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The Most Difficult Game To Play As A Parent

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In my first year as a parent, I’ve shunned VR games, sat out Destiny 2 and surprised myself by playing through Nioh. Despite all that, no game has been as tough to play in my new parenting life as Dishonored 2. I did not expect this.

Your available gaming time plummets when you have kids. I knew that would happen, and I don’t mind, considering how damn fun my little twins are. I can still play when they’re asleep. Over the last year, I’ve been able to chip through epics like Breath of the Wild and Horizon Zero Dawn, two hours a night, while still getting to bed in time to wake up.


A year into this parenting thing, I thought I’d figured out what to play and what to avoid. My findings:

  • Open-world games work well, because you can usually dive in, do a few things in them, have a good time and not mind if you have to cut things off suddenly.
  • Switch versions of games are ideal, because, I can take them to any room or subway car or office and pick back up where I had to leave off.
  • VR gaming is a no-no because cutting one’s self visually and aurally off from a baby who might need your attention is about the most rotten thing a parent could do.
  • Games with timed events are a luxury largely incompatible with being a dad (or mom). In January, I barely got through the Final Fantasy XV Assassin’s Creed festival in time, but probably lost out on leveling up enough in Monster Hunter World to do that game’s timed Horizon Zero Dawn quest.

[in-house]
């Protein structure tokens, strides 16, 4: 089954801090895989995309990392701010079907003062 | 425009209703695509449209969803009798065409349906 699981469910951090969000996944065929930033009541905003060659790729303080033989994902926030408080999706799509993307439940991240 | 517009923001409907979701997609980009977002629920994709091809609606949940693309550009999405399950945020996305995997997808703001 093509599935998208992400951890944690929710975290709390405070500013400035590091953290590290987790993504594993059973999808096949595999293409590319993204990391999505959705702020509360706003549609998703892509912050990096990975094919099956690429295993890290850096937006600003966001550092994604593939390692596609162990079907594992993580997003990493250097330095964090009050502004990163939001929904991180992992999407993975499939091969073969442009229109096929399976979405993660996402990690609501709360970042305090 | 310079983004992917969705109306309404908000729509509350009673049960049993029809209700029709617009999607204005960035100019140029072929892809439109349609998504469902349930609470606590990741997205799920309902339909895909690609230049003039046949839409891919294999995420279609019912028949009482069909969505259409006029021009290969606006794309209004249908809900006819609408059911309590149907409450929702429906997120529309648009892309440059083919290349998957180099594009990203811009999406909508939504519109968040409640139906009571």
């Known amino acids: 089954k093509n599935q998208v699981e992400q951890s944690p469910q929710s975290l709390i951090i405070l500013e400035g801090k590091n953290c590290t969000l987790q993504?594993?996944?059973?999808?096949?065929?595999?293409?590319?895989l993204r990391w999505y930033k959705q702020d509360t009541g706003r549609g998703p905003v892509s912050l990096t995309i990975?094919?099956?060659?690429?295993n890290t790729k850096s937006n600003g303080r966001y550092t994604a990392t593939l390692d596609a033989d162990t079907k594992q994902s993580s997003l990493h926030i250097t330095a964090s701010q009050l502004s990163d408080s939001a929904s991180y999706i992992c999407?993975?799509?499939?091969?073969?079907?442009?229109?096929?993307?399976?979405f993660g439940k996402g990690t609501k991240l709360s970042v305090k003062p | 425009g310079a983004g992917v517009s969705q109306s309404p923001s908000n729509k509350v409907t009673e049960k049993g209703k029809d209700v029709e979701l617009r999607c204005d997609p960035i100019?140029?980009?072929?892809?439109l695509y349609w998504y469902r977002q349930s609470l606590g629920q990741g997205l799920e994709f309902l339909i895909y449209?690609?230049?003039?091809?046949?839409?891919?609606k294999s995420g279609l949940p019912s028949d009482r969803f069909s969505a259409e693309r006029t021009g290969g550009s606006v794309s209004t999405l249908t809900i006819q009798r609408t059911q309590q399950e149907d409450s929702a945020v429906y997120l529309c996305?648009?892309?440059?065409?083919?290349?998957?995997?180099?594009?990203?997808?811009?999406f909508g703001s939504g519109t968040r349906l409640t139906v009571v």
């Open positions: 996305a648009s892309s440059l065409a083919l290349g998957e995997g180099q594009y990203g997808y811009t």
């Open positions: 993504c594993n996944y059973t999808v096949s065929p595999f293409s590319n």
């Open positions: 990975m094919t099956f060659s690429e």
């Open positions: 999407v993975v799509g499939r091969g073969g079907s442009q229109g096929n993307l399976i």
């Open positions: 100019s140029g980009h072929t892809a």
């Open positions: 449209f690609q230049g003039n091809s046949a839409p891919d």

• Super-difficult Souls-like games are actually okay, because these games usually have some sort of safe zone that, if you play conservatively, you can access before your kid is likely to wake up from a nap or before you need to retire for the night. I learned this as I played through Nioh, using each shrine as a potential resting point.
  • There’s no rush to play the newest games, because everything gets patched and parenting doesn’t give you time to play buggy, flawed, pre-Bungie-apology supposed 1.0 releases.
  • I don’t know how multiplayer games fit into parenting, because I don’t really play them.

All of the above being the case, I recently found myself in the mood to finish some shorter games. I’m still in the midst of the sprawling and still-expanding Assassin’s Creed Origins, still idling somewhere in Breath of the Wild’s second expansion, and was just starting the apparently gargantuan Monster Hunter World. No, I thought, let me give myself a break, pick up a short game, preferably one I started and just hadn’t finished, get through it and feel some closure. I chose Dishonored 2, a game I’d last played in late 2016, two days before my kids were born.

I thought Dishonored 2 would be a good pick. I’d liked the first game. I’d already played through the sequel’s first level. It’d been out for a while and has probably had any of its launch edges smoothed. made it seem like I’d be able to knock it out in a week of nightly two-hour gaming sessions. It’s a linear, level-based game that empowers the player with new abilities the further you go. All good.